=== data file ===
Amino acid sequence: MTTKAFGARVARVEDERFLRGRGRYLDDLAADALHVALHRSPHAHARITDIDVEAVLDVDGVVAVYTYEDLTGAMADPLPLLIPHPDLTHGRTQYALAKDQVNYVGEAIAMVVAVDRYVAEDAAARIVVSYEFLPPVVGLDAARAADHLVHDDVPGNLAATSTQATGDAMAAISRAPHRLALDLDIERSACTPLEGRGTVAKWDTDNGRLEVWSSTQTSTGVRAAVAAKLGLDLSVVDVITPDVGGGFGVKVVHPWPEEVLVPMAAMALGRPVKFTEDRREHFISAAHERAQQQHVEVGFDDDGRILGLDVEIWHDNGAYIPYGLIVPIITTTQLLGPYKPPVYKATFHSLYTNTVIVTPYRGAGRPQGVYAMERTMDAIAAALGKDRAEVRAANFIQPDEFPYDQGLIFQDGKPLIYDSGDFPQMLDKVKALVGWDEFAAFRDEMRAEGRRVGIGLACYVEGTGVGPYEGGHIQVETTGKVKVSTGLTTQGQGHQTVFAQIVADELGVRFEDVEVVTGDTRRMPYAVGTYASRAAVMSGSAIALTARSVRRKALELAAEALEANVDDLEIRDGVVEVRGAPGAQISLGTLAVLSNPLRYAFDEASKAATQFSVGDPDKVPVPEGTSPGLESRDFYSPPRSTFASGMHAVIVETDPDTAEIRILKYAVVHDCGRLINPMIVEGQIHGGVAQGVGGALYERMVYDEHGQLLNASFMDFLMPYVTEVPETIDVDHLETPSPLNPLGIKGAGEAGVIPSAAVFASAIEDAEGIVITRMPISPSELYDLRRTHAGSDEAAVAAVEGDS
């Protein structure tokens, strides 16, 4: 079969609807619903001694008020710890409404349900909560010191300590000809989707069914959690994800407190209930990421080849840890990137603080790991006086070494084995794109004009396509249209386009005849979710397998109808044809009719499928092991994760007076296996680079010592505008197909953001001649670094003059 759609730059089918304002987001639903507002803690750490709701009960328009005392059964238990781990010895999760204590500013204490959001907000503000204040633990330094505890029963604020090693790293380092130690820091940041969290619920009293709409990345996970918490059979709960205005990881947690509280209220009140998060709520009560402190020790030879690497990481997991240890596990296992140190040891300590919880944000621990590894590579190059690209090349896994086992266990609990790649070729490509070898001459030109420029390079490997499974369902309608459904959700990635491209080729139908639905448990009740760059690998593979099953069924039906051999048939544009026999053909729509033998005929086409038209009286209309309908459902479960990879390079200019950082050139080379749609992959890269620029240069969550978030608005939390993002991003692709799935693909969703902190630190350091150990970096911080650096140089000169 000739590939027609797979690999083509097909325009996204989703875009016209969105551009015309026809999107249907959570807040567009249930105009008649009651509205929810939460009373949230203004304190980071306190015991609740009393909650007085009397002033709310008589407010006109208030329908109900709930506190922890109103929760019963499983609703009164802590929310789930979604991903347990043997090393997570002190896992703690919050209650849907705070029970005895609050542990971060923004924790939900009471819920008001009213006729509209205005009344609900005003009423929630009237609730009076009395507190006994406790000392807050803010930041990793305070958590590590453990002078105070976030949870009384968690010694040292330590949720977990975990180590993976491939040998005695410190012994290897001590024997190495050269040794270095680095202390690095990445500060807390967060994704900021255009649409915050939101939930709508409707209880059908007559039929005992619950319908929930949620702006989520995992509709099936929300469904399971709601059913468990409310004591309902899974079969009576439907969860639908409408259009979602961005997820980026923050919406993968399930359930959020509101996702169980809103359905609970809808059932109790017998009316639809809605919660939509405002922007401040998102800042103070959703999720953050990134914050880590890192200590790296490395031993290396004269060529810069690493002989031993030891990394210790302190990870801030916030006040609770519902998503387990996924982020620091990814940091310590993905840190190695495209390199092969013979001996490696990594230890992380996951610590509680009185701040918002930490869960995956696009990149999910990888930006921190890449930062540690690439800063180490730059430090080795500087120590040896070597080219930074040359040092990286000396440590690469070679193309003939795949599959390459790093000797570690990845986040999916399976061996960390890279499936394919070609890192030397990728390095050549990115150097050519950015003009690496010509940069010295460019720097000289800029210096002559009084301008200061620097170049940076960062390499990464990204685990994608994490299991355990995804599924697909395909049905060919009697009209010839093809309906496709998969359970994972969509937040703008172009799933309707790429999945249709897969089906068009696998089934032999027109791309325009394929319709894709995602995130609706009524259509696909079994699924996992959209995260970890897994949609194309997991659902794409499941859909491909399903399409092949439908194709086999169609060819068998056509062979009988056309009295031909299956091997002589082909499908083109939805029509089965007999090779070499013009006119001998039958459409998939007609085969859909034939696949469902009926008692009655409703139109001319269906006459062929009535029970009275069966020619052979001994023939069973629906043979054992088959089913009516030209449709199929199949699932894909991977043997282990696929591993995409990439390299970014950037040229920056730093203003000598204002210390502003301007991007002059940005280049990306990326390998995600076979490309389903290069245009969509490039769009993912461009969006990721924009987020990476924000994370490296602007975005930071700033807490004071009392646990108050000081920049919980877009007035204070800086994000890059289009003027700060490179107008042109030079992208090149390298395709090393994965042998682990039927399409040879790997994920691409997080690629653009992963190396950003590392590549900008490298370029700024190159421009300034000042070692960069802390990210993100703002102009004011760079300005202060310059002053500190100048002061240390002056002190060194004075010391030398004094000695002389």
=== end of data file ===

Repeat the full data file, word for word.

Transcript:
Amino acid sequence: MTTKAFGARVARVEDERFLRGRGRYLDDLAADALHVALHRSPHAHARITDIDVEAVLDVDGVVAVYTYEDLTGAMADPLPLLIPHPDLTHGRTQYALAKDQVNYVGEAIAMVVAVDRYVAEDAAARIVVSYEFLPPVVGLDAARAADHLVHDDVPGNLAATSTQATGDAMAAISRAPHRLALDLDIERSACTPLEGRGTVAKWDTDNGRLEVWSSTQTSTGVRAAVAAKLGLDLSVVDVITPDVGGGFGVKVVHPWPEEVLVPMAAMALGRPVKFTEDRREHFISAAHERAQQQHVEVGFDDDGRILGLDVEIWHDNGAYIPYGLIVPIITTTQLLGPYKPPVYKATFHSLYTNTVIVTPYRGAGRPQGVYAMERTMDAIAAALGKDRAEVRAANFIQPDEFPYDQGLIFQDGKPLIYDSGDFPQMLDKVKALVGWDEFAAFRDEMRAEGRRVGIGLACYVEGTGVGPYEGGHIQVETTGKVKVSTGLTTQGQGHQTVFAQIVADELGVRFEDVEVVTGDTRRMPYAVGTYASRAAVMSGSAIALTARSVRRKALELAAEALEANVDDLEIRDGVVEVRGAPGAQISLGTLAVLSNPLRYAFDEASKAATQFSVGDPDKVPVPEGTSPGLESRDFYSPPRSTFASGMHAVIVETDPDTAEIRILKYAVVHDCGRLINPMIVEGQIHGGVAQGVGGALYERMVYDEHGQLLNASFMDFLMPYVTEVPETIDVDHLETPSPLNPLGIKGAGEAGVIPSAAVFASAIEDAEGIVITRMPISPSELYDLRRTHAGSDEAAVAAVEGDS
């Protein structure tokens, strides 16, 4: 079969609807619903001694008020710890409404349900909560010191300590000809989707069914959690994800407190209930990421080849840890990137603080790991006086070494084995794109004009396509249209386009005849979710397998109808044809009719499928092991994760007076296996680079010592505008197909953001001649670094003059 759609730059089918304002987001639903507002803690750490709701009960328009005392059964238990781990010895999760204590500013204490959001907000503000204040633990330094505890029963604020090693790293380092130690820091940041969290619920009293709409990345996970918490059979709960205005990881947690509280209220009140998060709520009560402190020790030879690497990481997991240890596990296992140190040891300590919880944000621990590894590579190059690209090349896994086992266990609990790649070729490509070898001459030109420029390079490997499974369902309608459904959700990635491209080729139908639905448990009740760059690998593979099953069924039906051999048939544009026999053909729509033998005929086409038209009286209309309908459902479960990879390079200019950082050139080379749609992959890269620029240069969550978030608005939390993002991003692709799935693909969703902190630190350091150990970096911080650096140089000169 000739590939027609797979690999083509097909325009996204989703875009016209969105551009015309026809999107249907959570807040567009249930105009008649009651509205929810939460009373949230203004304190980071306190015991609740009393909650007085009397002033709310008589407010006109208030329908109900709930506190922890109103929760019963499983609703009164802590929310789930979604991903347990043997090393997570002190896992703690919050209650849907705070029970005895609050542990971060923004924790939900009471819920008001009213006729509209205005009344609900005003009423929630009237609730009076009395507190006994406790000392807050803010930041990793305070958590590590453990002078105070976030949870009384968690010694040292330590949720977990975990180590993976491939040998005695410190012994290897001590024997190495050269040794270095680095202390690095990445500060807390967060994704900021255009649409915050939101939930709508409707209880059908007559039929005992619950319908929930949620702006989520995992509709099936929300469904399971709601059913468990409310004591309902899974079969009576439907969860639908409408259009979602961005997820980026923050919406993968399930359930959020509101996702169980809103359905609970809808059932109790017998009316639809809605919660939509405002922007401040998102800042103070959703999720953050990134914050880590890192200590790296490395031993290396004269060529810069690493002989031993030891990394210790302190990870801030916030006040609770519902998503387990996924982020620091990814940091310590993905840190190695495209390199092969013979001996490696990594230890992380996951610590509680009185701040918002930490869960995956696009990149999910990888930006921190890449930062540690690439800063180490730059430090080795500087120590040896070597080219930074040359040092990286000396440590690469070679193309003939795949599959390459790093000797570690990845986040999916399976061996960390890279499936394919070609890192030397990728390095050549990115150097050519950015003009690496010509940069010295460019720097000289800029210096002559009084301008200061620097170049940076960062390499990464990204685990994608994490299991355990995804599924697909395909049905060919009697009209010839093809309906496709998969359970994972969509937040703008172009799933309707790429999945249709897969089906068009696998089934032999027109791309325009394929319709894709995602995130609706009524259509696909079994699924996992959209995260970890897994949609194309997991659902794409499941859909491909399903399409092949439908194709086999169609060819068998056509062979009988056309009295031909299956091997002589082909499908083109939805029509089965007999090779070499013009006119001998039958459409998939007609085969859909034939696949469902009926008692009655409703139109001319269906006459062929009535029970009275069966020619052979001994023939069973629906043979054992088959089913009516030209449709199929199949699932894909991977043997282990696929591993995409990439390299970014950037040229920056730093203003000598204002210390502003301007991007002059940005280049990306990326390998995600076979490309389903290069245009969509490039769009993912461009969006990721924009987020990476924000994370490296602007975005930071700033807490004071009392646990108050000081920049919980877009007035204070800086994000890059289009003027700060490179107008042109030079992208090149390298395709090393994965042998682990039927399409040879790997994920691409997080690629653009992963190396950003590392590549900008490298370029700024190159421009300034000042070692960069802390990210993100703002102009004011760079300005202060310059002053500190100048002061240390002056002190060194004075010391030398004094000695002389």